This story is about a girl, we'll call her Mary, who arrived at the center several months ago from a country in East Africa.  You see, Mary was an orphan in her home country.  I don't know the full story, but from what I've heard, a nice neighbor approached Mary and whoever was taking care of her and offered to bring her to South Africa for a better education.  Mary had been trying to attend school and take care of her younger siblings.  I'm sure the opportunity sounded appealing to Mary -- it was probably a bit scary too, but it was a chance at a new future! Or, maybe Mary didn't even know what was promised and was just told to go without asking any questions.  So, Mary went with this neighbor.  When they arrived in South Africa, Mary learned that she was actually part of a deal with an older South African man who wanted to take her as his wife. Mary is14 years old.  So, this neighbor who had fed Mary on hopes of a new life was now handing her over to this strange man -- not quite the future that Mary had imagined.  This is no way for a 14 year old girl to live, and Mary knew that.  So, she somehow escaped the man's possession and sought refuge at the Catholic church that she had attended with the neighbor when she first arrived in South Africa.  Oh yeah, one more thing -- Mary didn't speak a word of any South African language.  Why would she?  So, she found someone at the church who could translate to the priest and explain her situation.  The priest contacted the officials and thus, Mary ended up at the facility where my team volunteers.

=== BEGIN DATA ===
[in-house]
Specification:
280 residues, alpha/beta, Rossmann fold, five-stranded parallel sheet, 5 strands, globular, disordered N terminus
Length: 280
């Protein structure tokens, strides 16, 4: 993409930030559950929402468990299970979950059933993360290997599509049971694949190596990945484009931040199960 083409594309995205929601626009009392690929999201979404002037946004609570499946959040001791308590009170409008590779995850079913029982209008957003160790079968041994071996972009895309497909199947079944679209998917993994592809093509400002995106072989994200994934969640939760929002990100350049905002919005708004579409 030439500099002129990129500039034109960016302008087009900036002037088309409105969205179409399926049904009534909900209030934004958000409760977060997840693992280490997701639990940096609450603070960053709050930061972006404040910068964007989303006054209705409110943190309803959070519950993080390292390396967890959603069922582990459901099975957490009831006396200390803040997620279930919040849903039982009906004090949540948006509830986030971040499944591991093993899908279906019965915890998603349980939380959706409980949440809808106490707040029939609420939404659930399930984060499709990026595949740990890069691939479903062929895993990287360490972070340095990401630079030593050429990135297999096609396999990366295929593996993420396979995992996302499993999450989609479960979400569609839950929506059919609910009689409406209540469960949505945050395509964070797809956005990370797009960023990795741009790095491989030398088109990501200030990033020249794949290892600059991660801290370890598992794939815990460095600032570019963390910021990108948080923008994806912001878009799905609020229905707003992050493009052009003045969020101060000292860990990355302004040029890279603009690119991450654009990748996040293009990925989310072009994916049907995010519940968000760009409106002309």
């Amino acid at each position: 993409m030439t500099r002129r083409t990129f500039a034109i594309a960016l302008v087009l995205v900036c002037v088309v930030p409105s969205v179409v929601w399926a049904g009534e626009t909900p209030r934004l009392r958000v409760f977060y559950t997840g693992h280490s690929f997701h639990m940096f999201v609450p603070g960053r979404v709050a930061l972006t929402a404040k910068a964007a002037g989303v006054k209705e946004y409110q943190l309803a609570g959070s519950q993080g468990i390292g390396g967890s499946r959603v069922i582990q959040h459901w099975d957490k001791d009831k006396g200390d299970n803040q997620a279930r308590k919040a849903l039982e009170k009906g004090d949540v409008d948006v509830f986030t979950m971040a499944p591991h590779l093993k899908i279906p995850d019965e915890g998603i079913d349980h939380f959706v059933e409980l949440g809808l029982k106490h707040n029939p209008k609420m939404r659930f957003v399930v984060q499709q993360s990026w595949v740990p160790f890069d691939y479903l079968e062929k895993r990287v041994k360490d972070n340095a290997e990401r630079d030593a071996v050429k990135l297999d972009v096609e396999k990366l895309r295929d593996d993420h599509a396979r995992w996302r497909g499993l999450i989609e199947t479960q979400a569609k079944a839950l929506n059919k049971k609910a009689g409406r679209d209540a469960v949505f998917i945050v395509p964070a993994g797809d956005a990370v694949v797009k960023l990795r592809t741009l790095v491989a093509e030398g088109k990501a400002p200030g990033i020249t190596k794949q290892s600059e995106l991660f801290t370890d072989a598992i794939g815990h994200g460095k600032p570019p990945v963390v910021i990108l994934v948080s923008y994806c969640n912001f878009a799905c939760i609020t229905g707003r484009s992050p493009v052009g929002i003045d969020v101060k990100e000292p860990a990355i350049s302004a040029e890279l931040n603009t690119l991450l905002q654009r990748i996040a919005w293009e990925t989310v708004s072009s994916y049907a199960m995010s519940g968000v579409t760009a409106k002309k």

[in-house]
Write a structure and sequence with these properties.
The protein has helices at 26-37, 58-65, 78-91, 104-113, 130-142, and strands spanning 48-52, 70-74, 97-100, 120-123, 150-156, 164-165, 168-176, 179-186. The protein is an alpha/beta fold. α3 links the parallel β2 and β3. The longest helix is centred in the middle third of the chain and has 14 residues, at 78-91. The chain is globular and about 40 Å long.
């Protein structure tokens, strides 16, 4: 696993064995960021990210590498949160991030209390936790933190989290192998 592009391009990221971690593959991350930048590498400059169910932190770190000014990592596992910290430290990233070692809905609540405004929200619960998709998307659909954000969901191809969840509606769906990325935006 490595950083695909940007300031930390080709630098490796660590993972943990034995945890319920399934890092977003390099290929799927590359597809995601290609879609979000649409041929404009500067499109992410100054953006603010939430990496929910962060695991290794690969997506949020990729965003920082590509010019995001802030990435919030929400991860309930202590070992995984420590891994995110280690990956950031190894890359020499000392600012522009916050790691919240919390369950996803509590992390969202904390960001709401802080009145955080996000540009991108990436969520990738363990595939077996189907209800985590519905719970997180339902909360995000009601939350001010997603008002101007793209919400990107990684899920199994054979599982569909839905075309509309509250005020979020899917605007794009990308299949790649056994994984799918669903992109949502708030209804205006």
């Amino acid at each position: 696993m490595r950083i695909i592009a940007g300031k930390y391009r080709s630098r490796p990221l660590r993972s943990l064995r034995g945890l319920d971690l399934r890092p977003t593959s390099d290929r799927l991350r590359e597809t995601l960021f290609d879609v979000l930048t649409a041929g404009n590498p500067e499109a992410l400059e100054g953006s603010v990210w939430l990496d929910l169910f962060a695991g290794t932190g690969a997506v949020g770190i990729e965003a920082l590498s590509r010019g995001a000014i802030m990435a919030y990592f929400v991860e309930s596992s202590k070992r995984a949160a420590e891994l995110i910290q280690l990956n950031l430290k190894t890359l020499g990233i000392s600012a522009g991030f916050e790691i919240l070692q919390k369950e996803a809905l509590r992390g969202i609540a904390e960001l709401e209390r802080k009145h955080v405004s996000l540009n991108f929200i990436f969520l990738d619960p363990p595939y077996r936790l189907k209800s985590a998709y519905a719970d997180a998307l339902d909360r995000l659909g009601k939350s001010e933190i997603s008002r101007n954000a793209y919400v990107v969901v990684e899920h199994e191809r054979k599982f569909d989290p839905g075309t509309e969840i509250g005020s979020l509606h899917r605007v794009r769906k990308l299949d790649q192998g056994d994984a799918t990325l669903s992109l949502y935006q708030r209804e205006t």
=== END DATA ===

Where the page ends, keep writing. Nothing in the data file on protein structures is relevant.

The story gets better.  I met Mary after she arrived at the Center, but she was shy and hesitant because she couldn't speak the local language.  As I've learned -- if  you can't speak the local language here, it can feel like you're on a different planet!  You have no idea what's going on around you and you can't share your feelings, confusions, or questions with anyone.  And most of the kids who suddenly became her dorm-mates were probably unfamiliar with a peer from another country, so what could they do?